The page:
An air ionizer is a device that is intended to purify the air in a room by electrically charging the air molecules. Instead of using fans and filters to purify the air, an air ionizer uses ions to remove microscopic particles from the air. An air ionizer makes the air in a room healthier for people who are suffering from asthma, allergies, impaired immunity or respiratory ailments because fewer allergens circulate into the lungs.
Ions Bond to Particles
Air ionizers rely on the chemical properties of particles. An ion is just a particle that is charged, either negatively or positively. Air ionizers, which can be tabletop or standalone units, create negative ions using electricity. Opposites attract, so the negative ions flood the room and seek out positively charged particles, such as dust, bacteria, pollen, smoke and many other allergens.
The negative ions and positively charged particles bond together. This creates dirt particles that are too heavy to keep floating around in the air, so they fall to the ground and can be cleaned by normal means. Some particles might fall onto other surfaces in the room, such as furniture, television screens or shelves, and can be cleaned off by dusting or wiping those surfaces.
Most particles near the ground are positively charged. Natural phenomena, such as lightning or waterfalls, generate negative ions and ozone. This creates a "fresh" smell that a person might encounter during an electrical storm or near white rapids on a river. Ozone is a naturally occurring gas related to oxygen. Building insulation interferes with atmospheric air circulation, so an air ionizer seeks to compensate for this disequilibrium.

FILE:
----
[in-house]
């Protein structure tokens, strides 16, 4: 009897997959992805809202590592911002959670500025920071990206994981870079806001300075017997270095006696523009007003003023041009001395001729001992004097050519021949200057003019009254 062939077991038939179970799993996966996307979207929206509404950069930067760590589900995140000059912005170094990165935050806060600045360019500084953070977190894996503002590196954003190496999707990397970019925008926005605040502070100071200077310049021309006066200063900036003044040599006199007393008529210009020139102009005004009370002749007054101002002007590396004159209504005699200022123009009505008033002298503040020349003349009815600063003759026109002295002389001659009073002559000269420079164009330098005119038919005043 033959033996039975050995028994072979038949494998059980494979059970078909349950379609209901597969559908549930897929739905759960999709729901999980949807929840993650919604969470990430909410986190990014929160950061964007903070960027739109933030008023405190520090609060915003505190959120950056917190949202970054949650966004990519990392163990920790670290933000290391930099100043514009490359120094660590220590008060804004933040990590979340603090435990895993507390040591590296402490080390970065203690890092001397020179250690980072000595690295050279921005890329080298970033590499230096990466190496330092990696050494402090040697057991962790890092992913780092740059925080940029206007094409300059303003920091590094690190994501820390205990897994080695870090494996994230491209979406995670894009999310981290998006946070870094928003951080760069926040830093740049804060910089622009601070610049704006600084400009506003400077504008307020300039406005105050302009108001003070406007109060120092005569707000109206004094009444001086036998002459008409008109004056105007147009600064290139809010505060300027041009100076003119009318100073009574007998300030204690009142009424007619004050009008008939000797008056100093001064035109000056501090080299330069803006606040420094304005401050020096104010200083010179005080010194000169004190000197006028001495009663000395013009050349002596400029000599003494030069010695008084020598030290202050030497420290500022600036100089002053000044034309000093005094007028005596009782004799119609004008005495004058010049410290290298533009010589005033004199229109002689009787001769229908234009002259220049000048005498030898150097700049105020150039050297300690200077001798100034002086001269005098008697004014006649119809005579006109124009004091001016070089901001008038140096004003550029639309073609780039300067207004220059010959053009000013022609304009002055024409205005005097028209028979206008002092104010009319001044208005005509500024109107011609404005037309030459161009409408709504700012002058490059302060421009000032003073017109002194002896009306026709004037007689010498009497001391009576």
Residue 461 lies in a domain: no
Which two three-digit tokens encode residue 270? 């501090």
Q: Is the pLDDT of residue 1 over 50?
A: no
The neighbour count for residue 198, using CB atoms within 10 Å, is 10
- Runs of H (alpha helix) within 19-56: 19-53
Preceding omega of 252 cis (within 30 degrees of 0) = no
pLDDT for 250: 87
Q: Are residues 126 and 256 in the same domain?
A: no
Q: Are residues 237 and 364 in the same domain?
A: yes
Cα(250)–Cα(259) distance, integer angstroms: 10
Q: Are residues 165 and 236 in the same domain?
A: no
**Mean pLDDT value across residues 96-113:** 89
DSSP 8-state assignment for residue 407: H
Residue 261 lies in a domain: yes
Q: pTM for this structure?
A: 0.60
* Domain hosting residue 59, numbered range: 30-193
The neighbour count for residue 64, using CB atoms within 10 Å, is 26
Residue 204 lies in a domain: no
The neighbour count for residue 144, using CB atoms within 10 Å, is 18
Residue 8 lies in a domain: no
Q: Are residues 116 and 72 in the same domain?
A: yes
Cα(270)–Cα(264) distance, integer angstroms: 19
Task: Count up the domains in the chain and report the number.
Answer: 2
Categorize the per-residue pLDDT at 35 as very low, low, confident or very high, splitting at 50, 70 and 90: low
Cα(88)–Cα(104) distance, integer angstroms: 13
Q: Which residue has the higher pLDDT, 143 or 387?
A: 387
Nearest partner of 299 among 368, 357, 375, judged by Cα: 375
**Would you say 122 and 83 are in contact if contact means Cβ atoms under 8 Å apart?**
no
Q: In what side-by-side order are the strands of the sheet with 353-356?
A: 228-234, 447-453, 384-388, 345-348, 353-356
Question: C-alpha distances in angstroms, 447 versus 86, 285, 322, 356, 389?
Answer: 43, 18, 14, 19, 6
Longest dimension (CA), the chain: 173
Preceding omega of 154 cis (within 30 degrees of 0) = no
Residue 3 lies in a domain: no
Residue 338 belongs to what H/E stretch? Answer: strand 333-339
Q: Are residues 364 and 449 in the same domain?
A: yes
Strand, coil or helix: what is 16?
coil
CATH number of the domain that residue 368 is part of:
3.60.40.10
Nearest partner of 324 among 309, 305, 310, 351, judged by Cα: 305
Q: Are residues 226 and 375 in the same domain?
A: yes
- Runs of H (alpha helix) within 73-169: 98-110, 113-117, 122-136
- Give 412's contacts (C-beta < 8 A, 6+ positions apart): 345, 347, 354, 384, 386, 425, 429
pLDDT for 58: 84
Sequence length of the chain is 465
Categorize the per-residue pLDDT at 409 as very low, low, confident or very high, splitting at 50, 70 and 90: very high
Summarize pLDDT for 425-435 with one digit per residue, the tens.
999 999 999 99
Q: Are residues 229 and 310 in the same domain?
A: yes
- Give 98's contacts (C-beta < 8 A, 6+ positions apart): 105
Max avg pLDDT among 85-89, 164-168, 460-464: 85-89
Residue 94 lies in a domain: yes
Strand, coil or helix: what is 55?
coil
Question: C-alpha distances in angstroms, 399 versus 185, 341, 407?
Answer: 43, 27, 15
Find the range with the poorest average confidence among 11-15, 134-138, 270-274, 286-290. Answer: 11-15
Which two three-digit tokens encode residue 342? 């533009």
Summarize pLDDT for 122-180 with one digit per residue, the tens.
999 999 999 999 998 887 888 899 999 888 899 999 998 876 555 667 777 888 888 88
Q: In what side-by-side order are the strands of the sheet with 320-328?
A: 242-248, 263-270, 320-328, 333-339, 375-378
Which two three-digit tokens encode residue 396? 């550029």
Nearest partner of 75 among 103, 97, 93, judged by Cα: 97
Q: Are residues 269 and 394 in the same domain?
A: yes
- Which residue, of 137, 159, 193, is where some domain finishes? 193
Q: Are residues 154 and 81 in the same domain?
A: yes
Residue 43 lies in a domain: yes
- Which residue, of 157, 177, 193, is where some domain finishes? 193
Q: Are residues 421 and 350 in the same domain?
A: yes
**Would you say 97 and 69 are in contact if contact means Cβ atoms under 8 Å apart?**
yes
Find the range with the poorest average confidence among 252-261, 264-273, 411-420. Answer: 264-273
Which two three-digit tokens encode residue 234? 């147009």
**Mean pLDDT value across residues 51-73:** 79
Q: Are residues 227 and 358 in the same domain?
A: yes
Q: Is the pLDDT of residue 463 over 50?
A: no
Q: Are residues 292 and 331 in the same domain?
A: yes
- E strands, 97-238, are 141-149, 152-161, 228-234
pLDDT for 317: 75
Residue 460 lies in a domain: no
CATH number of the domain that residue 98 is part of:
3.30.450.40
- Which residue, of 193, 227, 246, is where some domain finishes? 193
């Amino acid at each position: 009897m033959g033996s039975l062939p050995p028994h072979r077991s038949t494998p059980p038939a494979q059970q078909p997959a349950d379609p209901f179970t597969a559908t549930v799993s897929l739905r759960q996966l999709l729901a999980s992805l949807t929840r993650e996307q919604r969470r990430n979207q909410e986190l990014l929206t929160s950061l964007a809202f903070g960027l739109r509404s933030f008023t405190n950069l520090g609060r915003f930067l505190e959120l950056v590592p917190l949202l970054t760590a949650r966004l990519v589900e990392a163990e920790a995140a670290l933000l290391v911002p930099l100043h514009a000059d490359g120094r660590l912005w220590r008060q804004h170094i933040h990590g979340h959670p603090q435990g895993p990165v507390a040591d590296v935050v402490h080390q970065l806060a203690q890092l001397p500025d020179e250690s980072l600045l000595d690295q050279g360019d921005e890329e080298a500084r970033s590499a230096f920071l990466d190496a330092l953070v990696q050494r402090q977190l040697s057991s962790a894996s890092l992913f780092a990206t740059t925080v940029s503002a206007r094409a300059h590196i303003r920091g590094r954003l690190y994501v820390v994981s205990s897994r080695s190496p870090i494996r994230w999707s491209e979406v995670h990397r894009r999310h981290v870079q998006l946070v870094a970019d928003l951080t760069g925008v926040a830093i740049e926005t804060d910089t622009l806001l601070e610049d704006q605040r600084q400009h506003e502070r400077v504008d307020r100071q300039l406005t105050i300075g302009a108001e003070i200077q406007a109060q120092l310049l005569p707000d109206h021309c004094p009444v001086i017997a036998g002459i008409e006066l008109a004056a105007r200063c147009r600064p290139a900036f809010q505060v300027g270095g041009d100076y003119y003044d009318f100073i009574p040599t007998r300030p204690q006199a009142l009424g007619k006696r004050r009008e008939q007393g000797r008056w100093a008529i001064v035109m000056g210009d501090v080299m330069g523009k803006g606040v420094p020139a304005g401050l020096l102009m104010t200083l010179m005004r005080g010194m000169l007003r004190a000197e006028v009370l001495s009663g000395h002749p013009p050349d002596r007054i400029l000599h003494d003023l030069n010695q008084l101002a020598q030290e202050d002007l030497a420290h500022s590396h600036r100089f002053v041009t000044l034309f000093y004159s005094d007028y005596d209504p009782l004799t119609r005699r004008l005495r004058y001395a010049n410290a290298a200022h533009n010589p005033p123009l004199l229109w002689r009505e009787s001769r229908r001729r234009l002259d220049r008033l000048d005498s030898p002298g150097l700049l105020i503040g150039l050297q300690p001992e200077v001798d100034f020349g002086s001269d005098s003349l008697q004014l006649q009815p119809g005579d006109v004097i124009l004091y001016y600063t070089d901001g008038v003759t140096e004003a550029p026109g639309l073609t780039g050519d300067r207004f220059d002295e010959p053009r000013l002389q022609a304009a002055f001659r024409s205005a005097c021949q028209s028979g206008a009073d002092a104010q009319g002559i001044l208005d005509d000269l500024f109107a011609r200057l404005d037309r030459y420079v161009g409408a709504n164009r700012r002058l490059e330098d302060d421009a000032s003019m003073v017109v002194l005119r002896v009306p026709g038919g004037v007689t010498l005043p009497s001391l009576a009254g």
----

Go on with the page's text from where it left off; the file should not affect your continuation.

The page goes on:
Outdoor pollutants often get a lot of attention because they can cause health hazards. Indoor air pollution gets less attention but also is a serious problem. Dust and mold collects inside heating and air conditioning ducts, and the higher humidity indoors allows bacteria to thrive. An air ionizer addresses these indoor sources of pollution and odor. The ozone that is created when negative ions are generated battles pollution by breaking it down into smaller, harmless components; makes it more difficult for germs to grow; and deodorizes as well.
Air ionizers conserve power and run silently, unlike fan-driven air purifiers. Another advantage over other purifiers is that no parts need regular replacement, because there are no physical filters that get dirty. Even though most air ionizers don't have motorized fans, the ionization creates a faint breeze that helps distribute the ions throughout a room. Some ionizers are outfitted with screens that catch the particles of dust as they fall to the ground.